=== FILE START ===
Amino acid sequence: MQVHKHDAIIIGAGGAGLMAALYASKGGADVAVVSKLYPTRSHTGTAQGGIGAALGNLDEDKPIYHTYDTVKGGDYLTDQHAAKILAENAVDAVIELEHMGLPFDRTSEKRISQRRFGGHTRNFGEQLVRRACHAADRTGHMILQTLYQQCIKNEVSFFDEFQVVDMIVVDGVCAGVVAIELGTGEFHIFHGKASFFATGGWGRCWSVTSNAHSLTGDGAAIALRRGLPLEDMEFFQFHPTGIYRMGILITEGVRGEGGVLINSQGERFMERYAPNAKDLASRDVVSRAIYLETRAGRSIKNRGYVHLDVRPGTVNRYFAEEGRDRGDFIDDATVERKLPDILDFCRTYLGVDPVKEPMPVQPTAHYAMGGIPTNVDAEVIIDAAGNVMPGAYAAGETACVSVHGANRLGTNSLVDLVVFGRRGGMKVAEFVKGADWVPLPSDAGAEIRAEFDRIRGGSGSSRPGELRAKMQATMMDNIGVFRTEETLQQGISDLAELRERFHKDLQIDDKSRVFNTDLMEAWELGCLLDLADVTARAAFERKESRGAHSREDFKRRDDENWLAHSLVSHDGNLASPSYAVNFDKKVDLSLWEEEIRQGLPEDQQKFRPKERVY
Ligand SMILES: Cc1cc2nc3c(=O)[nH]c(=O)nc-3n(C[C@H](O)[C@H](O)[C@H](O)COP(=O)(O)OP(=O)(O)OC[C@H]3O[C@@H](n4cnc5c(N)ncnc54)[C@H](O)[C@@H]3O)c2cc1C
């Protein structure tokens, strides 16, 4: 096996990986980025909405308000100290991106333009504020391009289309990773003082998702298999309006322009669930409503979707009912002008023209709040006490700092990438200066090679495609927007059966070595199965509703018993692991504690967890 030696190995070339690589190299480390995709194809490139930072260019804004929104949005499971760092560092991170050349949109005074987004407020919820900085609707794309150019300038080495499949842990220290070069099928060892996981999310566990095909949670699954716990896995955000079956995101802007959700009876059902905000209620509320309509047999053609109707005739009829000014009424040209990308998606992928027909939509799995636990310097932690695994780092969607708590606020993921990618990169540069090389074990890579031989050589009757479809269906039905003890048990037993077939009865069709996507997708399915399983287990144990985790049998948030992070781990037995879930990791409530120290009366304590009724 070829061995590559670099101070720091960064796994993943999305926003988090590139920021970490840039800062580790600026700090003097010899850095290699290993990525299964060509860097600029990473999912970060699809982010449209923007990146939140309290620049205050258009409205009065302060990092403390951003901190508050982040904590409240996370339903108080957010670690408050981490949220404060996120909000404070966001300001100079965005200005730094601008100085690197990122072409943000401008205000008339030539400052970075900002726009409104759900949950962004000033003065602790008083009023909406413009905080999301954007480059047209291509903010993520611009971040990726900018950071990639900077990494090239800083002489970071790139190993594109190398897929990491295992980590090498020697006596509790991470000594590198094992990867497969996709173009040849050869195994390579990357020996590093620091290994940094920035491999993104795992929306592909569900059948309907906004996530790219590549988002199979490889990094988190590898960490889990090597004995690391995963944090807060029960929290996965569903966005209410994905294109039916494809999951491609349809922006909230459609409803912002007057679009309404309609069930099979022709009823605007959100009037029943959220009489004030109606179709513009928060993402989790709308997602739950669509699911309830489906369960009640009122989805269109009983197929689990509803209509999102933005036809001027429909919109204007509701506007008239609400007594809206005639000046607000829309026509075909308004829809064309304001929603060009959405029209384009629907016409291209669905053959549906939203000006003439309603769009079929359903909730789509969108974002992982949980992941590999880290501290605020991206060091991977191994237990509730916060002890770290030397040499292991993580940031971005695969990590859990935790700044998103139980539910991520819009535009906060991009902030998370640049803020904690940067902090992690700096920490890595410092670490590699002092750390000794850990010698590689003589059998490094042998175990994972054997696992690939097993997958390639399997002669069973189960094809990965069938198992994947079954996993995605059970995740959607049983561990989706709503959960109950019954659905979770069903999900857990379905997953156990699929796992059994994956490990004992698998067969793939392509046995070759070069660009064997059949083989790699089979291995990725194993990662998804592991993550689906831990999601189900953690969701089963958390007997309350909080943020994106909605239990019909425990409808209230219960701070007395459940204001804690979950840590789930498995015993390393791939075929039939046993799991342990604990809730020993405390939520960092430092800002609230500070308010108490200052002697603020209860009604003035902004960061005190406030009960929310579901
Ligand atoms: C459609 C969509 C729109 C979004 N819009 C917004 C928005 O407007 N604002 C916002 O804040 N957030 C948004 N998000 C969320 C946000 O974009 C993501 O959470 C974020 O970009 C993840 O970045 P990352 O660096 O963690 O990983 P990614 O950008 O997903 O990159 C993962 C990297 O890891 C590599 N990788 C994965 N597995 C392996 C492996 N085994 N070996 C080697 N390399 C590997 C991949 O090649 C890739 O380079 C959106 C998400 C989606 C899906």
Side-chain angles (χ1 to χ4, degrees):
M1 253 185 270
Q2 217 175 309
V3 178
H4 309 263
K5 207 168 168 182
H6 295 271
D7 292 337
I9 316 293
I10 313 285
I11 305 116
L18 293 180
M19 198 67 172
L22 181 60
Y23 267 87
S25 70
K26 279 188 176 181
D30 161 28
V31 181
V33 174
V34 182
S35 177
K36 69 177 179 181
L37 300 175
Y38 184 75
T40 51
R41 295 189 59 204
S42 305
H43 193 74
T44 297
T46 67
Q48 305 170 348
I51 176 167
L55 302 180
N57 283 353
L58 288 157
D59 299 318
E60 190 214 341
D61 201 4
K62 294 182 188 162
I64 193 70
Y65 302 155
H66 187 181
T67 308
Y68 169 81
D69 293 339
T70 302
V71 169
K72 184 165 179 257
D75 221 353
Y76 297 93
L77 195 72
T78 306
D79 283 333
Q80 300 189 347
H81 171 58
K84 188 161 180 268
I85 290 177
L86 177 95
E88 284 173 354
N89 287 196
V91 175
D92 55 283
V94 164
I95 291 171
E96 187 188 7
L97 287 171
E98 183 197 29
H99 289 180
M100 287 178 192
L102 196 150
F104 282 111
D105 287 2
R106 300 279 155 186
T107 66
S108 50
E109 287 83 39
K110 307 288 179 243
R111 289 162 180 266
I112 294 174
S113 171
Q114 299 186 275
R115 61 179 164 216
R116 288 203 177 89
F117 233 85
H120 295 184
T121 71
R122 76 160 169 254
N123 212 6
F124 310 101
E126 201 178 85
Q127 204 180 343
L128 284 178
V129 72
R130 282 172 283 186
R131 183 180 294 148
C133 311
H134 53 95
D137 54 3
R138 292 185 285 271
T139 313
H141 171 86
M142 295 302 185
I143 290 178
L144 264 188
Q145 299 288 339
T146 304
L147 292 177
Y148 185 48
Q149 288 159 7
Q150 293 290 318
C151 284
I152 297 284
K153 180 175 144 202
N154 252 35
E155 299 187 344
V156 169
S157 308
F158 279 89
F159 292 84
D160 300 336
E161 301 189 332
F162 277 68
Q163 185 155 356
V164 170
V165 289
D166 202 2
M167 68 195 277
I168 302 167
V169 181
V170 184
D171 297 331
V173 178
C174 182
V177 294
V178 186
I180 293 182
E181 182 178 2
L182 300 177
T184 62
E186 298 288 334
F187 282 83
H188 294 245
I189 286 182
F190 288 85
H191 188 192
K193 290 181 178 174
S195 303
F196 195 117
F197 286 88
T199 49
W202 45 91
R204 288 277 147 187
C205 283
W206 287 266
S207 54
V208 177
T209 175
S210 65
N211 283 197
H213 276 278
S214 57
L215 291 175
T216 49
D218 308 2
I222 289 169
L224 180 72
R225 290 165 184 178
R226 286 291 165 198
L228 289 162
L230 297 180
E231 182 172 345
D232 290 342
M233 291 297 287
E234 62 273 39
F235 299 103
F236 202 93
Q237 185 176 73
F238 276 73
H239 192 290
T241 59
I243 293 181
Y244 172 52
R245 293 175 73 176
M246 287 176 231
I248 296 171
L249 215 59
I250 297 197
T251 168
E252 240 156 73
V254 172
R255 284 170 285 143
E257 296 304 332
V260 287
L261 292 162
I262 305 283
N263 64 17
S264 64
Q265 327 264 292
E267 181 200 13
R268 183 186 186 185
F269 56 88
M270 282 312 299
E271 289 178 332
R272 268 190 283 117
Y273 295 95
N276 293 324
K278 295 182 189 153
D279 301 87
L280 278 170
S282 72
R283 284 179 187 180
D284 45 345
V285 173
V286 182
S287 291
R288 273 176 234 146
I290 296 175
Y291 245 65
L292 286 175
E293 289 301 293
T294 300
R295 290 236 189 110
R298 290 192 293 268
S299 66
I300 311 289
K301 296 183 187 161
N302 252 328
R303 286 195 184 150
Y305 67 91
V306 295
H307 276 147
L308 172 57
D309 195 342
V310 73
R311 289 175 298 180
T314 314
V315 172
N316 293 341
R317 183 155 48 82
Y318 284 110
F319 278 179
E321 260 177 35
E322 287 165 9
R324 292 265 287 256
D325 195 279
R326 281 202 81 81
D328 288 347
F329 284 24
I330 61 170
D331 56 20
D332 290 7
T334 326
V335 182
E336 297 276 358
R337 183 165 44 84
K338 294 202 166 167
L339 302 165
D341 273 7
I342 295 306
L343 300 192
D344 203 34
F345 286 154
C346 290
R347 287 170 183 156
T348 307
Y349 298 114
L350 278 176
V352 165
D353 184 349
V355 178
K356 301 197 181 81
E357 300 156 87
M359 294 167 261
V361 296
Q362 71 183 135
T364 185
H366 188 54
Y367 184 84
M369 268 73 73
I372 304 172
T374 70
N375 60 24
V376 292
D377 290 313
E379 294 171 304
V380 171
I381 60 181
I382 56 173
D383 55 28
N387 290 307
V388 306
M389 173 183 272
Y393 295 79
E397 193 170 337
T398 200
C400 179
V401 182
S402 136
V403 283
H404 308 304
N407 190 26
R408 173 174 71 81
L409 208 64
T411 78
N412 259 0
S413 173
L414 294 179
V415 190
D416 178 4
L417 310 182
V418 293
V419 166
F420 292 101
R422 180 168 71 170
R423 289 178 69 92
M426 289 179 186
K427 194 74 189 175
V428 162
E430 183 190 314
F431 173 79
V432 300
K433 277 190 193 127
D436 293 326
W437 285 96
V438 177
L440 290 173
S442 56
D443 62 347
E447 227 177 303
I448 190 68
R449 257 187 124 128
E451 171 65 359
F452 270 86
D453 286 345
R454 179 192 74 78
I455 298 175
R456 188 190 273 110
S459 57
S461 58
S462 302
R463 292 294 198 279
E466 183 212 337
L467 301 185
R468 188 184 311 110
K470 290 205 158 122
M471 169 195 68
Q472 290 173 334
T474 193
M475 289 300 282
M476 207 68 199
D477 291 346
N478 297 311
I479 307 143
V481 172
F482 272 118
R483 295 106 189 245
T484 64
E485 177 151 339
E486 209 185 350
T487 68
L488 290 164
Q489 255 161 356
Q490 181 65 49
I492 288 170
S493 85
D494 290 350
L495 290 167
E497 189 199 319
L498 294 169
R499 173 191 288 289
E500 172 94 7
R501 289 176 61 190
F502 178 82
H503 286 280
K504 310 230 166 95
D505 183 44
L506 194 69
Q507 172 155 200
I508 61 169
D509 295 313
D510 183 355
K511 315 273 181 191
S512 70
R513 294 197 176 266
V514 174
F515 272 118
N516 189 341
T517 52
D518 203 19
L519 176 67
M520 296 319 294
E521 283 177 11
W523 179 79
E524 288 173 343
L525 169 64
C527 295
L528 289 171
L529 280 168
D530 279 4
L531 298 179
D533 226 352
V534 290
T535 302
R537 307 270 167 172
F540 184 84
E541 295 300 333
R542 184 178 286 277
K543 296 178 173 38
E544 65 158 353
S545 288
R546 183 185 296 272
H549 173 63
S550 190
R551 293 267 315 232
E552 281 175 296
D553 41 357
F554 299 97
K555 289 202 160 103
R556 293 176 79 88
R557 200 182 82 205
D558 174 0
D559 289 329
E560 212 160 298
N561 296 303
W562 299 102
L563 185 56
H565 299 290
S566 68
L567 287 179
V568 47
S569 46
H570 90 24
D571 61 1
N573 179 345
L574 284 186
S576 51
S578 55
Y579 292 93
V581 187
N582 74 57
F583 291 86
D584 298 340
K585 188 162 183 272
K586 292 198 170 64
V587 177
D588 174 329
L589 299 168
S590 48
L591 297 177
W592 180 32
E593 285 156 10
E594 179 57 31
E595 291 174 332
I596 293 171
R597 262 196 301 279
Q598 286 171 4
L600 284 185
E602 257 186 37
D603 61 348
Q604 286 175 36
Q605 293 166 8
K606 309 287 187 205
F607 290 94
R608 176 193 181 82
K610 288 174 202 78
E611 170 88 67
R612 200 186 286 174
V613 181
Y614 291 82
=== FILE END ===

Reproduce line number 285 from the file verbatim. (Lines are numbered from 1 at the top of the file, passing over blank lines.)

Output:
I372 304 172